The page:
LOS ANGELES -- Note to Bud Selig: Next time somebody tries to buy one of your crown jewel franchises, make them show you the money.Peter Gammons casted some doubt on McCourt's bid for the Red Sox back in 2001; I've been unable to find anything similar from Shank. One thing I've always thought about Shank - he always seems to draw the long knives after the bad event occurs, rarely beforehand, hence the title of this post.
I wish Selig had talked to me when Frank McCourt was trying to buy the Dodgers seven years ago.
Folks in Boston knew McCourt would be a disaster for Major League Baseball. He was a smooth-talking, nicely-dressed, well-mannered guy with parking lots and delusions of grandeur. He fancied himself as a serious bidder for the Red Sox in 2001 when the Yawkey Trust put the team up for sale, but nobody in Boston took McCourt seriously because he didn't have enough of his own money.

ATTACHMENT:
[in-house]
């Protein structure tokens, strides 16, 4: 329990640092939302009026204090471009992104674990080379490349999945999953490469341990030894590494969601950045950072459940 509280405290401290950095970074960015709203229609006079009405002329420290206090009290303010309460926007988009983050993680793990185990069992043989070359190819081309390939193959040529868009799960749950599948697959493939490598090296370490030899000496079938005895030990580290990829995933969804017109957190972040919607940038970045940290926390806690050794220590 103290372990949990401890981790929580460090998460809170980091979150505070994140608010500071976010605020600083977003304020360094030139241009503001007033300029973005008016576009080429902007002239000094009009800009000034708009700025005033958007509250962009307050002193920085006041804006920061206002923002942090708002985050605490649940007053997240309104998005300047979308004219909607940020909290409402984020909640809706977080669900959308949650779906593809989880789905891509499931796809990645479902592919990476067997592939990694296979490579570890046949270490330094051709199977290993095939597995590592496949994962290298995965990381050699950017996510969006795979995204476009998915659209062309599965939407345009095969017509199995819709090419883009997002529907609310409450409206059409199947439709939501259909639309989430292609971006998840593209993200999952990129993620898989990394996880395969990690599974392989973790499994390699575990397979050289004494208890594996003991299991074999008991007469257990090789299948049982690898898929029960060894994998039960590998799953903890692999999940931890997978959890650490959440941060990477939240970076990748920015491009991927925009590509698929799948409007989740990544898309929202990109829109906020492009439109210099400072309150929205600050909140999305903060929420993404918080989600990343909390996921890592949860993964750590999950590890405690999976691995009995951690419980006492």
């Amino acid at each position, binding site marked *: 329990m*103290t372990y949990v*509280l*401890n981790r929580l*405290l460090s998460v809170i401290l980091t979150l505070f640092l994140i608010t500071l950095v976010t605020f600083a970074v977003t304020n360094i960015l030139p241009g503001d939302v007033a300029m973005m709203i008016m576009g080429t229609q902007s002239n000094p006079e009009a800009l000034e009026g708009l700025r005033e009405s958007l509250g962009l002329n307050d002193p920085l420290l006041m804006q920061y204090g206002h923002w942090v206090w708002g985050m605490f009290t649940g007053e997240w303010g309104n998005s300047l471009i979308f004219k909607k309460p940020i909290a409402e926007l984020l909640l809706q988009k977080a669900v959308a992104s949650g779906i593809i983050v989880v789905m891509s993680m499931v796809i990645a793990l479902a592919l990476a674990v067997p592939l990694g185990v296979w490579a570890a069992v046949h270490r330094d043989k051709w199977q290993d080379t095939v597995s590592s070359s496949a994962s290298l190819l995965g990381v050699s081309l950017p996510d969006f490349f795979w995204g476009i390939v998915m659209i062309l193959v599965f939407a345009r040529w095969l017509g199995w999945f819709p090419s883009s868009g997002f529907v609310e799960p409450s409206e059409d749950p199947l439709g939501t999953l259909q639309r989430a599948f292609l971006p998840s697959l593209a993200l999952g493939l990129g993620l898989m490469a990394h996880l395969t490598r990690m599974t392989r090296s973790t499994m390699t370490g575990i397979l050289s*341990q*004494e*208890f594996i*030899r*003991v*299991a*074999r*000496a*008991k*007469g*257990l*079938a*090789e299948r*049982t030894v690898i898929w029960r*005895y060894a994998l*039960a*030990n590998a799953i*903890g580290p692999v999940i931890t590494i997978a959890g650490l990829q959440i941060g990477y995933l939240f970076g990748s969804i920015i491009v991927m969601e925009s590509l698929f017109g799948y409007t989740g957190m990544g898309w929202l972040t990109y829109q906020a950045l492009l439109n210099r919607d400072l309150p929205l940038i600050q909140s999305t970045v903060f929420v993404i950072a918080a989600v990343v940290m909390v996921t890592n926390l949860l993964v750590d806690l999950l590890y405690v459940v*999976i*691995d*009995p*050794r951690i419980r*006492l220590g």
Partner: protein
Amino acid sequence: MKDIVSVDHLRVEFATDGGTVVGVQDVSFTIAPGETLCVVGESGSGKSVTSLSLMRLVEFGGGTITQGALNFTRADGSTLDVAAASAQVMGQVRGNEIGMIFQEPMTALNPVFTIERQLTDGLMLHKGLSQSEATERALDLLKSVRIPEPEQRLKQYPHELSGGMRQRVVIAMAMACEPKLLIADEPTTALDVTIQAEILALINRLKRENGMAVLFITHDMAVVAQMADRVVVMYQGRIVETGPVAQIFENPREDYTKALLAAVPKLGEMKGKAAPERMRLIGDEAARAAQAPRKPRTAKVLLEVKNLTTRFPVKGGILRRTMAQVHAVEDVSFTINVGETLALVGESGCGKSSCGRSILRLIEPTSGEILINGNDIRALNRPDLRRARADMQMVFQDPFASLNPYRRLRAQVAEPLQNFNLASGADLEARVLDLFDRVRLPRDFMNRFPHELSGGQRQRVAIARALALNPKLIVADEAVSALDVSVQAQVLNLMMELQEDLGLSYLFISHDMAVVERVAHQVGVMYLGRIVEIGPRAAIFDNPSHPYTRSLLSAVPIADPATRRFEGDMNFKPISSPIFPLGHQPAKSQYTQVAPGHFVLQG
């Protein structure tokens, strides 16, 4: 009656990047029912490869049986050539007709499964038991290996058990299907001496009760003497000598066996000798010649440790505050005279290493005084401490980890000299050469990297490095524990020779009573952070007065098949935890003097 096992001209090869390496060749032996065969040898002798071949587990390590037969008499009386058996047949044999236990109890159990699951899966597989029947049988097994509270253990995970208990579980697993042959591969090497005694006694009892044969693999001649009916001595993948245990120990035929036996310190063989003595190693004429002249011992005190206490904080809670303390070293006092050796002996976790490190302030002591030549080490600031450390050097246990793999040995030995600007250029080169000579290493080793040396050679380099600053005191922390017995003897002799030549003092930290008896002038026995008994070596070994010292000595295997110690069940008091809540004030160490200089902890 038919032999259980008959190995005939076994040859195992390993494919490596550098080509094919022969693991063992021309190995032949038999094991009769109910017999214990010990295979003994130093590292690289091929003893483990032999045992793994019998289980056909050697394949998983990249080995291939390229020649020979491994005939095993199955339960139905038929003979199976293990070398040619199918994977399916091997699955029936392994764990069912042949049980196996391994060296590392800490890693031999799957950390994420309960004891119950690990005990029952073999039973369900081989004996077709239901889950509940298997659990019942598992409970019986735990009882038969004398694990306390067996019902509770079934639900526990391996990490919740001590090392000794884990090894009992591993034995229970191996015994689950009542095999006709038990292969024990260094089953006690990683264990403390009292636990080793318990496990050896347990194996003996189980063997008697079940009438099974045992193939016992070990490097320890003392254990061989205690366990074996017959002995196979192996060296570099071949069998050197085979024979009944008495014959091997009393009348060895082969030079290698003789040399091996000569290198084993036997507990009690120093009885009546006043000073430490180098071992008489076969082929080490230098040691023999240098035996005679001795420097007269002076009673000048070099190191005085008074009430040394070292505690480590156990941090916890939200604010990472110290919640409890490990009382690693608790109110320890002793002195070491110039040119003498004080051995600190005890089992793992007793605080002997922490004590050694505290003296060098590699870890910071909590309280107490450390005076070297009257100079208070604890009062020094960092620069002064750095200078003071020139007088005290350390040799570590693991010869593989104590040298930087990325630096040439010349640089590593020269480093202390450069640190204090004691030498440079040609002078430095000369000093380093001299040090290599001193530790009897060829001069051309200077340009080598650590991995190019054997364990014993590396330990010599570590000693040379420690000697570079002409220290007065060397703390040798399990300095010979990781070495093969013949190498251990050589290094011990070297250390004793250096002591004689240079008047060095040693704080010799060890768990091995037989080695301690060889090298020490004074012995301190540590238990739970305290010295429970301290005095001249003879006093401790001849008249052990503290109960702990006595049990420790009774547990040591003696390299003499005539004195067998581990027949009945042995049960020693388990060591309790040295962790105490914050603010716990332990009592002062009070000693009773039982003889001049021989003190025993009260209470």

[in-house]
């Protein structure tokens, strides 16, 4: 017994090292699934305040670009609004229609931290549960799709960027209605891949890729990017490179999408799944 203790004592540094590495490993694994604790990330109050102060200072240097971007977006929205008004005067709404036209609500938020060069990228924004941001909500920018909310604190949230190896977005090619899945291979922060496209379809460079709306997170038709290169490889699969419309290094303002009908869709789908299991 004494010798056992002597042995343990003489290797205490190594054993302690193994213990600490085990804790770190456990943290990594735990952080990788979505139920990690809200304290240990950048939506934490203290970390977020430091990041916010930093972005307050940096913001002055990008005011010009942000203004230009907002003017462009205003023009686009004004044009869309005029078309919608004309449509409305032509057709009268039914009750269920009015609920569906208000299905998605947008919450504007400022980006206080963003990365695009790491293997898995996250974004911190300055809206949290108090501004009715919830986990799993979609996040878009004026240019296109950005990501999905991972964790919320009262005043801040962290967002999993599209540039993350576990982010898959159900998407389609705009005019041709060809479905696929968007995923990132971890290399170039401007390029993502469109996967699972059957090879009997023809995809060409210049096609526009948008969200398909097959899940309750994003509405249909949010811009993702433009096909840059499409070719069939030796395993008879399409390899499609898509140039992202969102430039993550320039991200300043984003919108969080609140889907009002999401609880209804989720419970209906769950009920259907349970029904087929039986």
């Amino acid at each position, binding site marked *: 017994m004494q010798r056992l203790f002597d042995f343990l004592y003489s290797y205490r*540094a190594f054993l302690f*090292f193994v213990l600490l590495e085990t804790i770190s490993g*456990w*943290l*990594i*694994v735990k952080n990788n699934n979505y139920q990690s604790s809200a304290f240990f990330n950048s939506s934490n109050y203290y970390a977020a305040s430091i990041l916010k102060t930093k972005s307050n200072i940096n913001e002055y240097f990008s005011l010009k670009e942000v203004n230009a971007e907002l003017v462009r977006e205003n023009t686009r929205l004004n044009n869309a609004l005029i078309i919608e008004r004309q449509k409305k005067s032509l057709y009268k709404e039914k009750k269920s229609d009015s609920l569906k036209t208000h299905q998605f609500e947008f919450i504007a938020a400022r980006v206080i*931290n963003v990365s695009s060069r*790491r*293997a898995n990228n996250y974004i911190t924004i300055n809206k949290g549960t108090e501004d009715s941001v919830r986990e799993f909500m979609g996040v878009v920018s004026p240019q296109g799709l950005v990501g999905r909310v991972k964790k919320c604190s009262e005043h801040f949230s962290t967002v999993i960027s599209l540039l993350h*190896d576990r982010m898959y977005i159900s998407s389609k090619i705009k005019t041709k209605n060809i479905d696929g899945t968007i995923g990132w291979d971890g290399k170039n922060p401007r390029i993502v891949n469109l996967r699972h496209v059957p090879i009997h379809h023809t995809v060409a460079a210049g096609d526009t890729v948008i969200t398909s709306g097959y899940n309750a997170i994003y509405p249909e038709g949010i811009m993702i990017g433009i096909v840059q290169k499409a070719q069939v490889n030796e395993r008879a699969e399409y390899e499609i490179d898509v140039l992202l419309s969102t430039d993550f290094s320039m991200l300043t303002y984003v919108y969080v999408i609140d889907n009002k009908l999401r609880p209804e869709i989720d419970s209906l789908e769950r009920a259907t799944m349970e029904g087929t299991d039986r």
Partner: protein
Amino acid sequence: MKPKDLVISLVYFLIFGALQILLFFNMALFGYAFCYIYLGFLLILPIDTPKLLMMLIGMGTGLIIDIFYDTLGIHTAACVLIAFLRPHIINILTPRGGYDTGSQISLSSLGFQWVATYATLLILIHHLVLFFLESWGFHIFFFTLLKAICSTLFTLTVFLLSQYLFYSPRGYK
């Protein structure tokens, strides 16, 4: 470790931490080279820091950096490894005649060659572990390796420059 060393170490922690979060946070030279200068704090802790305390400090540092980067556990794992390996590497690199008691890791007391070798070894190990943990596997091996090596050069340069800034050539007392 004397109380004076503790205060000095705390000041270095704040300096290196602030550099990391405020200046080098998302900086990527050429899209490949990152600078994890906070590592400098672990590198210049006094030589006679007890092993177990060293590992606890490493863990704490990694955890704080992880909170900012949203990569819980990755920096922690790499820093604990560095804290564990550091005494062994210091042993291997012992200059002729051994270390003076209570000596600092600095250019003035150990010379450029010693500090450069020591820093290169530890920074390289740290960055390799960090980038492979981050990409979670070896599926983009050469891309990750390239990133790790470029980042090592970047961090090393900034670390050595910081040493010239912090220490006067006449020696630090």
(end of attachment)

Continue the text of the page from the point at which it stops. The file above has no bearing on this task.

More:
The "sale" of the Red Sox turned out to be a bag-job of the highest order. Cable czar Charles Dolan submitted the highest bid, while Boston businessman Joe O'Donnell was viewed as the local favorite to get the team.
Tire-kicker McCourt was never in the running. In December 2001, Selig announced that John Henry's bid was the winner. Selig was beholden to Henry (former owner of the Marlins) and put him together with Tom Werner (former owner of the Padres) and Larry Lucchino (former Orioles and Padres boss).
I was stunned when McCourt and his wife, Jamie, got the Dodgers in 2004 -- by a unanimous vote -- virtually without any of their own cash.I read Shank and the Boston Globe for these unique insights...
But the lesson of the McCourt disaster is that cash rules.Deep thoughts indeed. Buy low, sell high! I was betting on his next column being of the let's bash a college basketball coach with a huge new contract variety, but the week is still young.